The alternative financial practices and instruments do not necessarily have an urban focus. They might operate on a regional, national or global level. However, especially the community based alternatives, like local currencies and social public procurement, are organized on the level of municipalities, neighbourhoods or communities.

The examples presented above that strengthen public finance and those that are community-based do explicitly address distributive and procedural justice because they respond to the unequal distribution of wealth and resources.The approaches might address sustainability issues by challenging current consumption and production patterns and promoting local economy, or by unlocking investment for sustainable infrastructure and solutions. The narrative of the social divestment movements with its focus on climate justice shows the connection between environmental and justice issues.

In the context of the financial system one might refer to ‘financial exclusion’. Financial exclusion relates to the idea that lower-income and marginalized groups have less access to financial products, services, technologies and institutions. Additionally the retreat of the welfare state, and labour market insecurity, makes it increasingly difficult for these groups to provide in their basic needs.Often this means that they depend on expensive types of credit which might push them further into the debt spiral.[12] This info graphic shows the relation between financialization and well-being.

Narrative of change

What is the type of problem that these approaches address? The alternative financial practices put the working of capitalism and our financial systems at the roots of our current concerns with inequality and the ecological destruction (in short minimizing costs and maximizing profits). Some of these try to counter further financialisation [13]. This is done by among others 1) deliberately working on principles that are diametrically opposite of the values of the dominant financial system. E.g. inclusivity, collectivity, equal exchange (see the Timebanking example below), 2) limiting dependency of civil society on welfare and mainstream systems, 3) creating equal relations between actors and more inclusive and democratice institutions and 4) strengthening public finance and the ‘real productive economy’. For example local complementary currencies try to achieve change by uncoupling human well-being and livelihood from economic cycles and financial speculation [14]

The narrative of change of the alternatives for financing sustainability solutions or greening infrastructures (like nature-based solutions) address the inability of current financial markets to prioritize sustainable investments due to its short-term focus and high risk aversion of financial markets [15].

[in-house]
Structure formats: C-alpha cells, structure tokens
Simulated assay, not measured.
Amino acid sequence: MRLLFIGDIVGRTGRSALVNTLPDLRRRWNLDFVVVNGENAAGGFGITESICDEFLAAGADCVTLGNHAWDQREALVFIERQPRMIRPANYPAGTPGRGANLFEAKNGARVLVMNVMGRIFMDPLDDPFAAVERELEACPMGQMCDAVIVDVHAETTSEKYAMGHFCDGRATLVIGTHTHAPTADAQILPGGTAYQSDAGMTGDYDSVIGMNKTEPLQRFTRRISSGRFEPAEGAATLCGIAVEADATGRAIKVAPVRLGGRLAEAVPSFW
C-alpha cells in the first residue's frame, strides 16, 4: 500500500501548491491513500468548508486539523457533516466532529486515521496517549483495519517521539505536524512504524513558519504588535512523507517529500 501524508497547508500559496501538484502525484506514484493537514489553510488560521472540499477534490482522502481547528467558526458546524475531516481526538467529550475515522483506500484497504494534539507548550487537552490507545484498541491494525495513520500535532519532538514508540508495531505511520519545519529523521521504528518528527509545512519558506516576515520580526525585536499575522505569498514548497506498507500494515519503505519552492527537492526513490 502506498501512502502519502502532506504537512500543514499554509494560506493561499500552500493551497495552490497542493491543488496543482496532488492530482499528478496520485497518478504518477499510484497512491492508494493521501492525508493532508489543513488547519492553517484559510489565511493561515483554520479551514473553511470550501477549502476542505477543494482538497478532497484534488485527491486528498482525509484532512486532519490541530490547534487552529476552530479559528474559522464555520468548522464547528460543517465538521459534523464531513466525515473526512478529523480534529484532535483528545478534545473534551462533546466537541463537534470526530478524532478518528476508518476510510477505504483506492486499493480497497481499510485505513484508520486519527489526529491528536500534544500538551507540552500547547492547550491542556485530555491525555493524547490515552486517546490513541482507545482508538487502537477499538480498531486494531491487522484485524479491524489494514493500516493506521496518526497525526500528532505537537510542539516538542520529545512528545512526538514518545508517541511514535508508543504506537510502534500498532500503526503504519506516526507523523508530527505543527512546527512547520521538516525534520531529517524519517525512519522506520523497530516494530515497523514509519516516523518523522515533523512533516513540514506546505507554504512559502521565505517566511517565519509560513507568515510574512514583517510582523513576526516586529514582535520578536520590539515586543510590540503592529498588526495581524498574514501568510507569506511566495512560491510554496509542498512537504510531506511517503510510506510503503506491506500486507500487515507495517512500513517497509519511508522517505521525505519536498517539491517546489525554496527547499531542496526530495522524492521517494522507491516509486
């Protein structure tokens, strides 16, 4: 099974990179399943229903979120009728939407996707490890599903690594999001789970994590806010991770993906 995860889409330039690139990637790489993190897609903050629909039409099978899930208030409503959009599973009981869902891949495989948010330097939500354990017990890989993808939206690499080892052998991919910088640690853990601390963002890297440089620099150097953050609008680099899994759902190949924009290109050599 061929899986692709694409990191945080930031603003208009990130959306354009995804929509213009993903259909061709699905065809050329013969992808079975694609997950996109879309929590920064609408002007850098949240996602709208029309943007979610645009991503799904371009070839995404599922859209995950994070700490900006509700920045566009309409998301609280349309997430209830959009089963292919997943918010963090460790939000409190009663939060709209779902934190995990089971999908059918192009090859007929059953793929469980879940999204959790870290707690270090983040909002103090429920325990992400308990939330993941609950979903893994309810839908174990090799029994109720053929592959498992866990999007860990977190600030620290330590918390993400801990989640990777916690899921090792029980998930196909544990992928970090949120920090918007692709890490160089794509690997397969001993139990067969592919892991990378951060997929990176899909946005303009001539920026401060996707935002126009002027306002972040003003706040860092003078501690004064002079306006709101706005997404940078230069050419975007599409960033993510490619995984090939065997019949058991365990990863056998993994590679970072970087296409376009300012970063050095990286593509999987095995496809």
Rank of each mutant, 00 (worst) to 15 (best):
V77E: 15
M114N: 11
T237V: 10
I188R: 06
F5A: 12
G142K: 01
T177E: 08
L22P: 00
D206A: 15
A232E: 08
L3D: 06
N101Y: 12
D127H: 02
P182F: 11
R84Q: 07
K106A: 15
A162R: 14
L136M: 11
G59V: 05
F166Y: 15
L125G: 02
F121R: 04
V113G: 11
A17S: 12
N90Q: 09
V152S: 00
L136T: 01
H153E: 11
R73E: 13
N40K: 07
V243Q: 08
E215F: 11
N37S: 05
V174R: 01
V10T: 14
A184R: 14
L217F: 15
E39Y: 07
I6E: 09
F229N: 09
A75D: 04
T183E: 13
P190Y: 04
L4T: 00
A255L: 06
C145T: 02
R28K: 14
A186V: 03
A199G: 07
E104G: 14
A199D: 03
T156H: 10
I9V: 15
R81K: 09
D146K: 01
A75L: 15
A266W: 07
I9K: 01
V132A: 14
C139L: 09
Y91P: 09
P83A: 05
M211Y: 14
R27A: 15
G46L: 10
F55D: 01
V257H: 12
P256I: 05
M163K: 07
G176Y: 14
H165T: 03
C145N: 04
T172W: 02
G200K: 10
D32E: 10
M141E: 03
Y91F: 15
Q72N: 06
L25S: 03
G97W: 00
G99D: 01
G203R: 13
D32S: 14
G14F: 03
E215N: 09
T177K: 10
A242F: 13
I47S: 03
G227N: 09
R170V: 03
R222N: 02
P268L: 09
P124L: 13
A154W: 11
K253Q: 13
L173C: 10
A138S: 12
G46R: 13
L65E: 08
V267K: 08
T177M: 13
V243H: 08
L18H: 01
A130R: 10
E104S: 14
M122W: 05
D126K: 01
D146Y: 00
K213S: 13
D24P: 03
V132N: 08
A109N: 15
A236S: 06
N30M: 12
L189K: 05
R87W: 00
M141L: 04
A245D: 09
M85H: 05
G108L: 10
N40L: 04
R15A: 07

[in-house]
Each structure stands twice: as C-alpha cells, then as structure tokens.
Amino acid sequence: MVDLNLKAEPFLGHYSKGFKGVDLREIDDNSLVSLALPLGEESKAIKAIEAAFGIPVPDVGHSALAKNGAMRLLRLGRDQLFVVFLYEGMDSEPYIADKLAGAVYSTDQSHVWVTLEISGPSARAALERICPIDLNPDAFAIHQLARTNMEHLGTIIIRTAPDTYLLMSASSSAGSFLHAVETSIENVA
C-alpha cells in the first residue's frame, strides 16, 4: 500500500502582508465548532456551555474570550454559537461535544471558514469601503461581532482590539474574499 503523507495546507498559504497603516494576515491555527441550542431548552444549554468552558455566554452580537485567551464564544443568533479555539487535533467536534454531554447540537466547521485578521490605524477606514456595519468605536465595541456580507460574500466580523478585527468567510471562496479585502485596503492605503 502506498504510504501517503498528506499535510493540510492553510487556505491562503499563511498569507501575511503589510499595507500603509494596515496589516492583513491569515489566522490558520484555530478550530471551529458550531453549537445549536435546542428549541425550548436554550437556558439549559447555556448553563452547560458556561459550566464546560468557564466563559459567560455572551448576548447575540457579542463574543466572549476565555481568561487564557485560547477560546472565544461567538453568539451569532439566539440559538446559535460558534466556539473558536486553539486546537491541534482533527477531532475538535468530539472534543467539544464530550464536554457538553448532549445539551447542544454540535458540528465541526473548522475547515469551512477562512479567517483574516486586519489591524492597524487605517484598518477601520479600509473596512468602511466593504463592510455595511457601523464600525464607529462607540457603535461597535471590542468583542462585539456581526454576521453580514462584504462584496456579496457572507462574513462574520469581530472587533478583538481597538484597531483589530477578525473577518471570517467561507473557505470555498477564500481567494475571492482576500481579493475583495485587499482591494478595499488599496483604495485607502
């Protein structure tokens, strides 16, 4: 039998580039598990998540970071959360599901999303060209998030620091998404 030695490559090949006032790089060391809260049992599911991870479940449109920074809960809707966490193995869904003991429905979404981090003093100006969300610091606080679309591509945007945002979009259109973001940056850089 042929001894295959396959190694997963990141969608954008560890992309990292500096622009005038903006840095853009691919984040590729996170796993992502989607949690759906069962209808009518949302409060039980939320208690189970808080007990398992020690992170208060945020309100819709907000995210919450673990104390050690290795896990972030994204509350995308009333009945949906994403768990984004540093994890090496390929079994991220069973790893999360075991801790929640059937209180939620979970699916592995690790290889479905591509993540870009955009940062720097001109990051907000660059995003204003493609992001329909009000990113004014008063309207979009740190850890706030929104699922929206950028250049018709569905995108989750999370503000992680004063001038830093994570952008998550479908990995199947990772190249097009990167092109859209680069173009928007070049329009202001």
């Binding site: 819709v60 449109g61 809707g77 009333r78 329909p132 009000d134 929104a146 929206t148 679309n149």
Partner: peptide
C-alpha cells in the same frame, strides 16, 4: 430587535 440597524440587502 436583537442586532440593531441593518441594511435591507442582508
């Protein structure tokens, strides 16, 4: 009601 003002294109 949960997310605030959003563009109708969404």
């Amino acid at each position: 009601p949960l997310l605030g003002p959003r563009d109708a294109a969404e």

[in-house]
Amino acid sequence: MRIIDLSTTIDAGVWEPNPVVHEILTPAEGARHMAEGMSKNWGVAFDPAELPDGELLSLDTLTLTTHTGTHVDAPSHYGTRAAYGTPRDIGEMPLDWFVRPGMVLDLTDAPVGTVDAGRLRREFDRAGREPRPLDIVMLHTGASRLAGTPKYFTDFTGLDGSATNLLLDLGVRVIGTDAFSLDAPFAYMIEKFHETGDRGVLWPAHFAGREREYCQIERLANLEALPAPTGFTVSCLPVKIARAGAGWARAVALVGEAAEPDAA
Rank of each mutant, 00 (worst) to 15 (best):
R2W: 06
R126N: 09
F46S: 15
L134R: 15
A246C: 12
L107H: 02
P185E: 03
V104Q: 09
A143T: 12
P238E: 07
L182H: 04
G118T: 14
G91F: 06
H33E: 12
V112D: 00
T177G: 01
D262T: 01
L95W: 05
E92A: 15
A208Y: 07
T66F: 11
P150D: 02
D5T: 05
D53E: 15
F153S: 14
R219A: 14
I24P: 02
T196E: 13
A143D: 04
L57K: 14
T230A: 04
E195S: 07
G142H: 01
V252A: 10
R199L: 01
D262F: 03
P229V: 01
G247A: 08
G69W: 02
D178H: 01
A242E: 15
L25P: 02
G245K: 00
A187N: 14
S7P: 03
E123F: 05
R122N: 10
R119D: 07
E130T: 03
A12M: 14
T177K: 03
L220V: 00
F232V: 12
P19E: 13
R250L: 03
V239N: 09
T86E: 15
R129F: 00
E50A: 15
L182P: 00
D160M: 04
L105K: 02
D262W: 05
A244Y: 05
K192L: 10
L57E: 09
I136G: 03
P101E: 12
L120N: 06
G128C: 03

Transformative potential

The financial alternatives challenge existing power relations; between financial institutions and communities; between private and public institutions etc. For example timebanking opposes the dominant values of competition, exploitation, scarcity-value and dependence, and promote voluntarism, cooperativism and co-production. Dominant power relations are framed as unjust and destructive to personal well-being, and social and ecological systems.

Some of the financial instruments don’t change or alter the power relations within the financial system, because the focus is on leveraging conventional instruments (like debt-based instruments). These approaches might bare the risk of increasing financialization and strengthening the power of private actors and financial institutions (increasing private profit and not public benefit). Although we need to bare in mind that the situation might differ for indebted countries that cannot rely on public institutions [16]. In this way, the second set of approaches might have less potential to radically transform dominant ways of working, thinking and doing.


Timebanking is a complementary currency based on the exchange of services using the time spent on delivering the service. Think of simple and more complex services such as walking your neighbor's dog, teaching piano, helping people with disabilities. These different types of services are valued equally. Timebanking originated in Japan and the US, and then spread worldwide. It provides communities in their needs by helping each other without involvement of money, markets or welfare arrangements. In this sense, this system is less vulnerable to for example inflation and crisis. Researchers of the TRANSIT project described the transformative potential of timebanking as “the potential to develop new and different relationships in society that are grounded in values different from those of otherwise dominant societal systems (...)”. Secondly, it increases the level of useful activity independent of formal employment, professionalised welfare services and/or money.

The Common Good Matrix is an evaluation framework that gives guidance to assess the contribution of corporate activities to the common good. It is created by the movement “Economy for the common good” [17]. The Common Good Matrix describes 20 common good themes [18]. Themes include both issues of justice and environmental impact of activities. Think of values as fair business towards direct suppliers, human dignity in the workplace, ownership issues, environmental impact. In the assessment process, the organisation positions itself on a scale depending on how developed each value is in the organisation. The Common Good Matrix is the basis for creating a Common Good Report, a comprehensive account of an organisation's standing in relation to the common good. The Common Good Balance Sheet is an instrument which promotes a value-driven, ethical economy. Its impact and significance go beyond legal requirements in order to ensure the highest possible standards in the future.